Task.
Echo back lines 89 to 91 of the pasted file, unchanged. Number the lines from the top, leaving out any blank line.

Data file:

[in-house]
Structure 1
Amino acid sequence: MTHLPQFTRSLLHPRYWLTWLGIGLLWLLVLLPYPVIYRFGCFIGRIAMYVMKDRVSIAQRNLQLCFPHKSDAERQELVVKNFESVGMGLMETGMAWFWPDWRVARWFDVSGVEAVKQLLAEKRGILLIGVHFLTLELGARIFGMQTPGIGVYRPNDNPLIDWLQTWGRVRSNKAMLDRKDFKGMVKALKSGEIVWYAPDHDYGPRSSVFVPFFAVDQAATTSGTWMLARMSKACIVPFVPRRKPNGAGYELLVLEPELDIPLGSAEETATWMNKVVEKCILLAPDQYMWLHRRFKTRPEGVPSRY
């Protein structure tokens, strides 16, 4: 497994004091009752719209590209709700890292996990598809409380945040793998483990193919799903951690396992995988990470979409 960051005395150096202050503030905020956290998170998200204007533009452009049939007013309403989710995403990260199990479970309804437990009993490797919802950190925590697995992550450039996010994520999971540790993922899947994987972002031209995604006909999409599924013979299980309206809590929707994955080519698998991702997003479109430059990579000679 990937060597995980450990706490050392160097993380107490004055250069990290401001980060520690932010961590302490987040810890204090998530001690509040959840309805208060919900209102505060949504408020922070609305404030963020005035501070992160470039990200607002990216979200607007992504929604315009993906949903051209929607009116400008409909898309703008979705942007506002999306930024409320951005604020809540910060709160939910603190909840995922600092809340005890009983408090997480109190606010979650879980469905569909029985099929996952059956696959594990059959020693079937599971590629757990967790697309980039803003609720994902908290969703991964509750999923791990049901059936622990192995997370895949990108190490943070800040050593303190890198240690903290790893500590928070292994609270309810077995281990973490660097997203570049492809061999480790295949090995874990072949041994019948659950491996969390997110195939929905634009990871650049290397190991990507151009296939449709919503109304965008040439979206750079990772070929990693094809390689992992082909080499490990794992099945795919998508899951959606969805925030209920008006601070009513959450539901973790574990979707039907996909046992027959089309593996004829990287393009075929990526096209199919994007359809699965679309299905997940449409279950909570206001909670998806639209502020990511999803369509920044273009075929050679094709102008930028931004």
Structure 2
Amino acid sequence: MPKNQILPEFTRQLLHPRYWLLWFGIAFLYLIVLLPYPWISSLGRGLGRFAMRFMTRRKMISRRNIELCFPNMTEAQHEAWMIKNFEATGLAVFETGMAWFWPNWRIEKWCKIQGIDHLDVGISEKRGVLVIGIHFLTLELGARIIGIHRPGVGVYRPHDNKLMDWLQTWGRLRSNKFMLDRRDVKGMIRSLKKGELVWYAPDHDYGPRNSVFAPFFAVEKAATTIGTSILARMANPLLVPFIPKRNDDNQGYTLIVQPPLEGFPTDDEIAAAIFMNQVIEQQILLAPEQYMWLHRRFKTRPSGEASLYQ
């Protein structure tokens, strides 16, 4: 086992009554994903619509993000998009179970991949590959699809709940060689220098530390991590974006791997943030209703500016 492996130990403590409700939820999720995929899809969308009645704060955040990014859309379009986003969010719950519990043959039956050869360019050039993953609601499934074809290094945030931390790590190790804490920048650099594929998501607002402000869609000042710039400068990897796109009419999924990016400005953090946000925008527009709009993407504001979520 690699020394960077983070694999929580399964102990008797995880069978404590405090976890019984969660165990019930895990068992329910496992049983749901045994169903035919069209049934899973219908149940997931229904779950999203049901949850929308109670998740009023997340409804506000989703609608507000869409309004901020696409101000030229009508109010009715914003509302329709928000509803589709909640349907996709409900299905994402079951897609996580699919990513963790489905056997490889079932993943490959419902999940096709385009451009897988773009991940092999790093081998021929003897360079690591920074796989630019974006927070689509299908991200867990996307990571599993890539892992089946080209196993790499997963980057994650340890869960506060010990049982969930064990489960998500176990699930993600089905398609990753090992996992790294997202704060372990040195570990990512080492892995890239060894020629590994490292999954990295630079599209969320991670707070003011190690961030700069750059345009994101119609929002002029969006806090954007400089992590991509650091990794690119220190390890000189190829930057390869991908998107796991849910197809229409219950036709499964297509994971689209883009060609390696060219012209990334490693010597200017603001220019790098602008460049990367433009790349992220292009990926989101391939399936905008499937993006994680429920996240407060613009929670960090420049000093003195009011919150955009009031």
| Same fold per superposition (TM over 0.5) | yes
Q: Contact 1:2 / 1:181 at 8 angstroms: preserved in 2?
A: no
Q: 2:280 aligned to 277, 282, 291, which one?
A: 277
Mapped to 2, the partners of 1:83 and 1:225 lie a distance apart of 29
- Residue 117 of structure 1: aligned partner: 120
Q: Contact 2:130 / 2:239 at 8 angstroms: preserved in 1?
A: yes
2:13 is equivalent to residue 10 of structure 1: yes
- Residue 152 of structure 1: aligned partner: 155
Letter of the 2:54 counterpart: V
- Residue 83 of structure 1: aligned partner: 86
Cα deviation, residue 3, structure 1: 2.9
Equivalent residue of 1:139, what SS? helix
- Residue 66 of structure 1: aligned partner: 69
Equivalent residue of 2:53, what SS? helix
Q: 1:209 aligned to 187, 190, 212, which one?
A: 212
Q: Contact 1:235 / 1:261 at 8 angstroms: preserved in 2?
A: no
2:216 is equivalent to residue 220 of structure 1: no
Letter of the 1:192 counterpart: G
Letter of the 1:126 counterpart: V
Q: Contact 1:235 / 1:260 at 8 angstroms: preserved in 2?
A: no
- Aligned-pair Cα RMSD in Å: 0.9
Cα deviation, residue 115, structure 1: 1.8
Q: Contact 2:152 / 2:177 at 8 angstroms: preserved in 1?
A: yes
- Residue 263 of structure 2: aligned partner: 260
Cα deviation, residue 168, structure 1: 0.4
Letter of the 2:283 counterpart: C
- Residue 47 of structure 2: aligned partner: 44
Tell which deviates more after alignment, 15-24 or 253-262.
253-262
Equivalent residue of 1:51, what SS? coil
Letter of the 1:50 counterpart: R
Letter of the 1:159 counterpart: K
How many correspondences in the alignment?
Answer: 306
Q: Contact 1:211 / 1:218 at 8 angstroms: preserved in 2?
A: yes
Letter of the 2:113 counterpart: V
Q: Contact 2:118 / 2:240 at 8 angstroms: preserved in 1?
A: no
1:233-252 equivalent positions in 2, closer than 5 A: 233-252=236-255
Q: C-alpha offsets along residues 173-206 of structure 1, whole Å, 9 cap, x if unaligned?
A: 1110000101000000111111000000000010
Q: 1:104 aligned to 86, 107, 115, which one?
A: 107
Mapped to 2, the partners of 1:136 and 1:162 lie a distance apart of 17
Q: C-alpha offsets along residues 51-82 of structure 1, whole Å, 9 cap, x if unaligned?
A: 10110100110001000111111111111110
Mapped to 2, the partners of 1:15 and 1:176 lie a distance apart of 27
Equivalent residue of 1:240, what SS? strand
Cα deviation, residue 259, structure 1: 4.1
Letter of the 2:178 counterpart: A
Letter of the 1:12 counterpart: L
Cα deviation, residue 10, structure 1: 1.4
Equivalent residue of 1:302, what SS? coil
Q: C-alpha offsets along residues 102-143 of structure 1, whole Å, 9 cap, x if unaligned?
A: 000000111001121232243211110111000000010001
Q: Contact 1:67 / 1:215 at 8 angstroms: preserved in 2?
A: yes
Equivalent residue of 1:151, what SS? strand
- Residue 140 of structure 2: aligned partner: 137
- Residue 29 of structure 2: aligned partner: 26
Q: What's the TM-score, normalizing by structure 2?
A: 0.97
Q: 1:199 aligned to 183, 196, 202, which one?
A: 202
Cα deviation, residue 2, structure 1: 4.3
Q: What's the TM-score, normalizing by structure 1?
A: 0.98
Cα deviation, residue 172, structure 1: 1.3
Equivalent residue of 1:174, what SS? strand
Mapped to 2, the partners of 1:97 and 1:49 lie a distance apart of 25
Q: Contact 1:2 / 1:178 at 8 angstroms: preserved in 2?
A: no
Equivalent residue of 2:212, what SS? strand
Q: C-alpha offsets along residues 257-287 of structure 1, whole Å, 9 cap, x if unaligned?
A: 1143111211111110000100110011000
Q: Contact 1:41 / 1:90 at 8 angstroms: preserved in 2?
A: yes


Q: C-alpha offsets along residues 257-287 of structure 1, whole Å, 9 cap, x if unaligned?
A: 1143111211111110000100110011000
Q: Contact 1:41 / 1:90 at 8 angstroms: preserved in 2?